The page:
Performance of simplified scoring systems for hand diagrams in carpal tunnel syndrome screening.
Calfee-RP; Dale-AM; Ryan-D; Descatha-A; Franzblau-A; Evanoff-B
J Hand Surg 2012 Jan; 37(1):10-17
PURPOSE: Katz et al have published a standardized scoring system of hand diagrams for carpal tunnel syndrome. The purpose of this study was to quantitatively evaluate an alternative scoring of the hand diagram for detection of carpal tunnel syndrome. METHODS: In a prospective study of 1,107 workers, 221 workers with hand symptoms completed hand diagrams and electrodiagnostic testing for carpal tunnel syndrome. Scoring algorithms for the hand diagrams included the Katz rating; a median nerve digit score (0-2) with a maximum of 2 symptomatic digits of thumb, index, and long fingers; and isolated digit scores (0-1) of thumb, index, or long finger. Intraclass correlation coefficients quantified inter-rater reliability. Sensitivity, specificity, and logistic regression analyses evaluated the scoring systems' ability to predict abnormal median nerve conduction. RESULTS: One hundred ten subjects illustrated symptoms within the median nerve distribution. All scoring systems demonstrated substantial inter-rater reliability. "Classic" or "probable" Katz scores, median nerve digit score of 2, and positive long finger scores were significantly associated with abnormal median nerve distal sensory latency and median-ulnar difference. Abnormal distal motor latency was significantly associated with the median nerve digit score of 2 and positive long finger scores. Increasing Katz scores from "possible" to "probable" and "classic" were not associated with greater odds of electrodiagnostic abnormality. Positive long finger scores performed at least as well as the most rigorous scoring by Katz. CONCLUSIONS: Symptoms diagrammed within the median nerve distribution are associated with abnormal nerve conduction among workers. The median nerve digit score and the long finger score offer increased ease of use compared to the Katz method, while maintaining similar performance characteristics. The long finger appears best suited for isolated digit scoring to predict abnormal median nerve conduction in a working population.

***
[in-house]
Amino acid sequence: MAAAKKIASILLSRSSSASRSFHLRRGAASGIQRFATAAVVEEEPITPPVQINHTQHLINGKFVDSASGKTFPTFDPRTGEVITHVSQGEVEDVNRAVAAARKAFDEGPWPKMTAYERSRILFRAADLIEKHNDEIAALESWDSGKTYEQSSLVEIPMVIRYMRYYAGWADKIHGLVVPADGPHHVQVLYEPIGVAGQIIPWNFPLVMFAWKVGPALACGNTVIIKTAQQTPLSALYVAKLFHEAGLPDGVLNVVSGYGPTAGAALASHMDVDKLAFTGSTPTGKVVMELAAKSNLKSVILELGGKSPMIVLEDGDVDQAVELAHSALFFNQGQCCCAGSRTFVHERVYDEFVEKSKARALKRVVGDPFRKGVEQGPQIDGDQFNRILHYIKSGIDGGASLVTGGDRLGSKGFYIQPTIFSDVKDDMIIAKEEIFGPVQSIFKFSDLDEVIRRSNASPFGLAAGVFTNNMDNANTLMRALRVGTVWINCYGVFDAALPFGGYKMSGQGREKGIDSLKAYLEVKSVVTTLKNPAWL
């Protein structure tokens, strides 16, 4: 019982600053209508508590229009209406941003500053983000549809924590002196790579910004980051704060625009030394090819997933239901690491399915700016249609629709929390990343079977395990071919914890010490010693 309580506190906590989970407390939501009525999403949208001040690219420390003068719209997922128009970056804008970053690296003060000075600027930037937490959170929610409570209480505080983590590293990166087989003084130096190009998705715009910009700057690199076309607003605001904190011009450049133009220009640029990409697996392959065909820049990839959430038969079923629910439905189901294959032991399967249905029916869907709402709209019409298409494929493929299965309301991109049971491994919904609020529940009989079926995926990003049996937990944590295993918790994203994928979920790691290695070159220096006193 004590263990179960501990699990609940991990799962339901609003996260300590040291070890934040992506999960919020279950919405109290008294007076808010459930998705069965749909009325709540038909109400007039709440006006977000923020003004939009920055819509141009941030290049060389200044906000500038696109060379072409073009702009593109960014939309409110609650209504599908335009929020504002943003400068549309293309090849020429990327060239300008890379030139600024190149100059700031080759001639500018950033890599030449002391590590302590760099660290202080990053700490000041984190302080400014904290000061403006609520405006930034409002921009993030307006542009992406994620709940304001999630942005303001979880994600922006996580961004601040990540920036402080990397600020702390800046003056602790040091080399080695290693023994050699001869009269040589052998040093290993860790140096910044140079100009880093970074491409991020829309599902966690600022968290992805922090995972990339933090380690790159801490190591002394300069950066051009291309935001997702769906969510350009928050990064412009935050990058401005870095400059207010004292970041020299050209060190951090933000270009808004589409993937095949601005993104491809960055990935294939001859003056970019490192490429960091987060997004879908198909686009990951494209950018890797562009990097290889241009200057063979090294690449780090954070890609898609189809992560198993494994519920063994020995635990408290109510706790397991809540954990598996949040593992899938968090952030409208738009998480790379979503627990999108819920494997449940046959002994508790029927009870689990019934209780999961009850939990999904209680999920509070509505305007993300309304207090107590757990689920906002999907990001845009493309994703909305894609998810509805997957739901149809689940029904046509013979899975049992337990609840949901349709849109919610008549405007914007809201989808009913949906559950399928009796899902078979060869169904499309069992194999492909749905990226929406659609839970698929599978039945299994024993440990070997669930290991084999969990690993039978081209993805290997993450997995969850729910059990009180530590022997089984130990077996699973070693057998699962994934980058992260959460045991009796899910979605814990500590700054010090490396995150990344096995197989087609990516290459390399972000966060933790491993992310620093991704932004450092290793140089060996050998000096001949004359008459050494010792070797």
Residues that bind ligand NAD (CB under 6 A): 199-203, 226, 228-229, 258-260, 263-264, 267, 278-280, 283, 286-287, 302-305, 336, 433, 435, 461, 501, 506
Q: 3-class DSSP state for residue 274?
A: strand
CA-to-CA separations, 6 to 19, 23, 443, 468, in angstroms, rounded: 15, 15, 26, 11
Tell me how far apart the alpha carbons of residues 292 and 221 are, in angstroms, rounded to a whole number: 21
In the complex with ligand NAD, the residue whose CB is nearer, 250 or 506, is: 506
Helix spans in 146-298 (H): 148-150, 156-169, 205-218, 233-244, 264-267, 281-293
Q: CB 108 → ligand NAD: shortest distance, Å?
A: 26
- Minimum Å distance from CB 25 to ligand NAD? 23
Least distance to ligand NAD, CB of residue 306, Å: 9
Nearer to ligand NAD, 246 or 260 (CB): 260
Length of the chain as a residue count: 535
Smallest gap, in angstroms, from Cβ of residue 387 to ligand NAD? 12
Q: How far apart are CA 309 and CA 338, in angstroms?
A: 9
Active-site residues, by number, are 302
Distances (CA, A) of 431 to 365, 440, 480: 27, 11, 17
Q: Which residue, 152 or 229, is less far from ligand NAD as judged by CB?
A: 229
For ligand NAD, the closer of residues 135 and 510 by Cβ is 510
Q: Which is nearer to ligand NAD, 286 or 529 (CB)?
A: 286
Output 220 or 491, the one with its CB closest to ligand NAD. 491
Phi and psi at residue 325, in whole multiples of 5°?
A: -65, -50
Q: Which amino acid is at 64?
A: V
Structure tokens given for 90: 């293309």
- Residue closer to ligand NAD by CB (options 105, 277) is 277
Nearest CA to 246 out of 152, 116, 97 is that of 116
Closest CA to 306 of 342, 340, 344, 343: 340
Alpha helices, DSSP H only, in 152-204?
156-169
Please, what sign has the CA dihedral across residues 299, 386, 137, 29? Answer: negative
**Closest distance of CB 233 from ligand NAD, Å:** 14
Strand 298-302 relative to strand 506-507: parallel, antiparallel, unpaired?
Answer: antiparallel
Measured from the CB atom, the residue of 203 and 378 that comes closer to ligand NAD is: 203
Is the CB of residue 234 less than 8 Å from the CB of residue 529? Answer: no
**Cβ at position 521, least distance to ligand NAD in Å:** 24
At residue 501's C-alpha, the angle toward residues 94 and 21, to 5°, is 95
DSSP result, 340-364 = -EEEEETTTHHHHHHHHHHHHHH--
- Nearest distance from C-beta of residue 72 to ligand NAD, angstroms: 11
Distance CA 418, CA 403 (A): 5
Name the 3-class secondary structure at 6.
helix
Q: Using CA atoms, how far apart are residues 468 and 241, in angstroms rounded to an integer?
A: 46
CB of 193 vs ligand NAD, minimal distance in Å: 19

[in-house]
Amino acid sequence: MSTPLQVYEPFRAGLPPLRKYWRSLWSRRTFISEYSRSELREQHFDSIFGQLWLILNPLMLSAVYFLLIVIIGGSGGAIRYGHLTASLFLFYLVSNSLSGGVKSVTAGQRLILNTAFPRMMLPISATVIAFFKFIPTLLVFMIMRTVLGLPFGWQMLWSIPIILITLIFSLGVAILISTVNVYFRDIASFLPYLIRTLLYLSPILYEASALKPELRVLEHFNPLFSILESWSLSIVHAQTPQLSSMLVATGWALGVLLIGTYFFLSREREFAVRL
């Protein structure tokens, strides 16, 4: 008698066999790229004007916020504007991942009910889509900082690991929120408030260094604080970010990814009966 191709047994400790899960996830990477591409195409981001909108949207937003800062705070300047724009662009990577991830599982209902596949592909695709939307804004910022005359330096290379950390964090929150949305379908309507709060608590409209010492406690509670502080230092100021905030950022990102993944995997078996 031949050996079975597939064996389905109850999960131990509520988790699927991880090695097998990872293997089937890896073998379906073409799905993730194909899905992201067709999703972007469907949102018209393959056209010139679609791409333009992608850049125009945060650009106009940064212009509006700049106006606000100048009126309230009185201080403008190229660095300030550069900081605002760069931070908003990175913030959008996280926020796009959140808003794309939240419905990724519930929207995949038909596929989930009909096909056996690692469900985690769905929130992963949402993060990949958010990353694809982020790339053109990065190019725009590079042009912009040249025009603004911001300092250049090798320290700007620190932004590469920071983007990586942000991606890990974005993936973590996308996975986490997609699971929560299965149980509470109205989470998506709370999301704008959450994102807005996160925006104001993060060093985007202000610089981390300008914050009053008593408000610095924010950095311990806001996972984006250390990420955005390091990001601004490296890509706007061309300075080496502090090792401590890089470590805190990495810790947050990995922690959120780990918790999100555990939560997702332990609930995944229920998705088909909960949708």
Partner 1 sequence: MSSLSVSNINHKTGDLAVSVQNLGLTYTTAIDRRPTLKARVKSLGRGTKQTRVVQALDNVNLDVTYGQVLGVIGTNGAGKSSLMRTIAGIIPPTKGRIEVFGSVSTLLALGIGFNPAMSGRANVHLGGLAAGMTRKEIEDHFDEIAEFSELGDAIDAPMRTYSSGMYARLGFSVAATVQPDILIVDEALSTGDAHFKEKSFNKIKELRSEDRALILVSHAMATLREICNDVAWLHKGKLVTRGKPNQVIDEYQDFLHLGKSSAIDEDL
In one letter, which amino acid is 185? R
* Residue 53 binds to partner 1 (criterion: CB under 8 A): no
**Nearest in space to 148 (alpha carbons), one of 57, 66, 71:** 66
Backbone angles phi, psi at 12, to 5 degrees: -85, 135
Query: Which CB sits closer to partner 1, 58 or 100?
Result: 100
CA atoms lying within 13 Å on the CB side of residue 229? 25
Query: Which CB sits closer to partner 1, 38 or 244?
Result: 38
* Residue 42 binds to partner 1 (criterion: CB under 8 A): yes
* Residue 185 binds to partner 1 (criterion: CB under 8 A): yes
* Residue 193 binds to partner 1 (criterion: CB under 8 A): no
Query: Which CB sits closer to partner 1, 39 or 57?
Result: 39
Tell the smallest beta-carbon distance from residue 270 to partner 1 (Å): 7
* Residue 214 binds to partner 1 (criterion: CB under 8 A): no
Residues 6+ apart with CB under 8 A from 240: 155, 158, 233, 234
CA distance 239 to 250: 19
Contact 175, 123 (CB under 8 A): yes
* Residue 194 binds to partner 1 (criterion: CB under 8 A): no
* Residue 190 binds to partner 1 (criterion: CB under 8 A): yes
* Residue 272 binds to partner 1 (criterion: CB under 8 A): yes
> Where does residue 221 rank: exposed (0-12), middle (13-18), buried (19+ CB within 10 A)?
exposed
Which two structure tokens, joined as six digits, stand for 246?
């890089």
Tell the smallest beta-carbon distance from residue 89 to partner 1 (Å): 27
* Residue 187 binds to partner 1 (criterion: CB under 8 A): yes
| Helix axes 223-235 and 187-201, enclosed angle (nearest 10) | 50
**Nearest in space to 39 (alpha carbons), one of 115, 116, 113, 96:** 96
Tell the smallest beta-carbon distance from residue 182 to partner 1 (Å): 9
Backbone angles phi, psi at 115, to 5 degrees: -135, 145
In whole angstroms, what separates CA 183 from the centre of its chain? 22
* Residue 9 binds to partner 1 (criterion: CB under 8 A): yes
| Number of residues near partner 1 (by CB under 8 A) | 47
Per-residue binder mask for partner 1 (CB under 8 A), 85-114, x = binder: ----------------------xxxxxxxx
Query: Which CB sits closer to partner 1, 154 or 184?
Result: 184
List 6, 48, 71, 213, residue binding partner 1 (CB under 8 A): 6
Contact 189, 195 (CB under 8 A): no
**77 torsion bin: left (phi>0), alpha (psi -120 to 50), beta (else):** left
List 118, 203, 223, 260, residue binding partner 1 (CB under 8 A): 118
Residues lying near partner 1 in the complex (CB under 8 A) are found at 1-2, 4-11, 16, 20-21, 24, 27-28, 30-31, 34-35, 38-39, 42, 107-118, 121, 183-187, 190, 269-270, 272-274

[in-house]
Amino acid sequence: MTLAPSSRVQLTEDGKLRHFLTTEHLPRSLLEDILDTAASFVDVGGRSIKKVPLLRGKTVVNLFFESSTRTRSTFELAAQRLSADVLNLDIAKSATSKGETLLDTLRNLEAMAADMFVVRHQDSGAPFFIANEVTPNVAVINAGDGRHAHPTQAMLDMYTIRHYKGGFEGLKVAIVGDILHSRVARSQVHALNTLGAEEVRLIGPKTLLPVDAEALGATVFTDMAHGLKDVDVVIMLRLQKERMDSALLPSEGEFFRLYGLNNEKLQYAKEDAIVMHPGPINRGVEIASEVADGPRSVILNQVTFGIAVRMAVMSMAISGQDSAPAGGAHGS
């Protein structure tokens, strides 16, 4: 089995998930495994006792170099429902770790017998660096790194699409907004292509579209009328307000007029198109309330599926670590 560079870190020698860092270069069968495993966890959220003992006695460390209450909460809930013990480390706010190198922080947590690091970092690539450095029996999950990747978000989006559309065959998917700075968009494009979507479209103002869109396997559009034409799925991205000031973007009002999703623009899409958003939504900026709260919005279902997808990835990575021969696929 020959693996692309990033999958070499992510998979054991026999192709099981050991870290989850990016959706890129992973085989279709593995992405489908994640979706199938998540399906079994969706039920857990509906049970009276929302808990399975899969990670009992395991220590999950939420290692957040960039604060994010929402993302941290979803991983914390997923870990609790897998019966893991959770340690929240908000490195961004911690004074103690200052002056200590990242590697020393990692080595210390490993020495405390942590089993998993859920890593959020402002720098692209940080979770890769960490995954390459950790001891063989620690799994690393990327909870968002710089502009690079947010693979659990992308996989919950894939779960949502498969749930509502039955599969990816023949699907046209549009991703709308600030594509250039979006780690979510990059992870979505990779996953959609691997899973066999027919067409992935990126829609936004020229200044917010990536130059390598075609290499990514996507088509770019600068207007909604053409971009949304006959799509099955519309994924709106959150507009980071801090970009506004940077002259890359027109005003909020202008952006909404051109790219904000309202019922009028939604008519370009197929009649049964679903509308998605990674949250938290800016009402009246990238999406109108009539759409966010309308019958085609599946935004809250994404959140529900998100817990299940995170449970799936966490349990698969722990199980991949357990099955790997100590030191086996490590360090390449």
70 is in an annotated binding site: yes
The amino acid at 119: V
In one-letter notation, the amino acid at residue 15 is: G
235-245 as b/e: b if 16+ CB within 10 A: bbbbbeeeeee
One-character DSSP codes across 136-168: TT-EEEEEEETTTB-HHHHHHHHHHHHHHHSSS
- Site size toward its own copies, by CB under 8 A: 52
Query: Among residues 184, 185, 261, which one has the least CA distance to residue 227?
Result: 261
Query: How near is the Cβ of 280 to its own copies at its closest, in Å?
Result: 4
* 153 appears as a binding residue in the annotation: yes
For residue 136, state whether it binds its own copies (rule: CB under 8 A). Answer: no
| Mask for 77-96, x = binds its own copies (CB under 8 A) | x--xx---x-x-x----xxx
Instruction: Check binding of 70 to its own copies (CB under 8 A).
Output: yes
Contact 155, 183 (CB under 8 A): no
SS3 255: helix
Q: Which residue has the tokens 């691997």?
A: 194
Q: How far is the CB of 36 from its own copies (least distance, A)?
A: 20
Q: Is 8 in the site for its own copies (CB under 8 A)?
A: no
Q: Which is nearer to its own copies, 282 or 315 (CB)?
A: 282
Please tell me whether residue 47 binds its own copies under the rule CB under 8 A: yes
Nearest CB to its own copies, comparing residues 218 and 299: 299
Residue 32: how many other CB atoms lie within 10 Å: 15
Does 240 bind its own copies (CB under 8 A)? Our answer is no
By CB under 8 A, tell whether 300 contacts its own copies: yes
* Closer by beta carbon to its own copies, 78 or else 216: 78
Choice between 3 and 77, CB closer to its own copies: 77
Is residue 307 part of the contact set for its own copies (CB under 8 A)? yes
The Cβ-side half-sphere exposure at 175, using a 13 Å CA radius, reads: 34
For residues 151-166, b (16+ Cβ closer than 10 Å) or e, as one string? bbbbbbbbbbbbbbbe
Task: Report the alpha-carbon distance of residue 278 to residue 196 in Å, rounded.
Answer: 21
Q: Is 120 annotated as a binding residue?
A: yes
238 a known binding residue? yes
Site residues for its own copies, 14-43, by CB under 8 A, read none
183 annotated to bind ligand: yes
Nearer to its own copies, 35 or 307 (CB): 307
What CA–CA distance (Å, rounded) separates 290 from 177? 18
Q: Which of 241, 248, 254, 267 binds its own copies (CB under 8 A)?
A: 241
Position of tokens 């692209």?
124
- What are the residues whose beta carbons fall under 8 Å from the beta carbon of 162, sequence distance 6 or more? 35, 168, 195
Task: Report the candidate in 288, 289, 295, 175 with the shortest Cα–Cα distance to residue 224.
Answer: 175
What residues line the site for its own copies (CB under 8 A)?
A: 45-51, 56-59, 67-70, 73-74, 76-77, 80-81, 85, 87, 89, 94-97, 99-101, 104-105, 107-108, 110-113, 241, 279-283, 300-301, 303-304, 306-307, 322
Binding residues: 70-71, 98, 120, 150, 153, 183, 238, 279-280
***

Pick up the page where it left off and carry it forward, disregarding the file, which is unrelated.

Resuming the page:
Medical-screening; Musculoskeletal-system-disorders; Carpal-tunnel-syndrome; Hand-injuries; Diagnostic-techniques; Standards; Quantitative-analysis; Electrophysiological-measurements; Mathematical-models; Testing-equipment; Diagnostic-tests; Nerve-damage; Neuromotor-activity; Neuromotor-function; Clinical-symptoms; Clinical-tests; Nerves; Screening-methods;
Author Keywords: Carpal tunnel syndrome; hand diagram; scoring; screening
Ryan P. Calfee, MD, Washington University School of Medicine, 660 S. Euclid Avenue, Campus Box 8233, St. Louis, MO 63110
Journal of Hand Surgery
Washington University - St. Louis, Missouri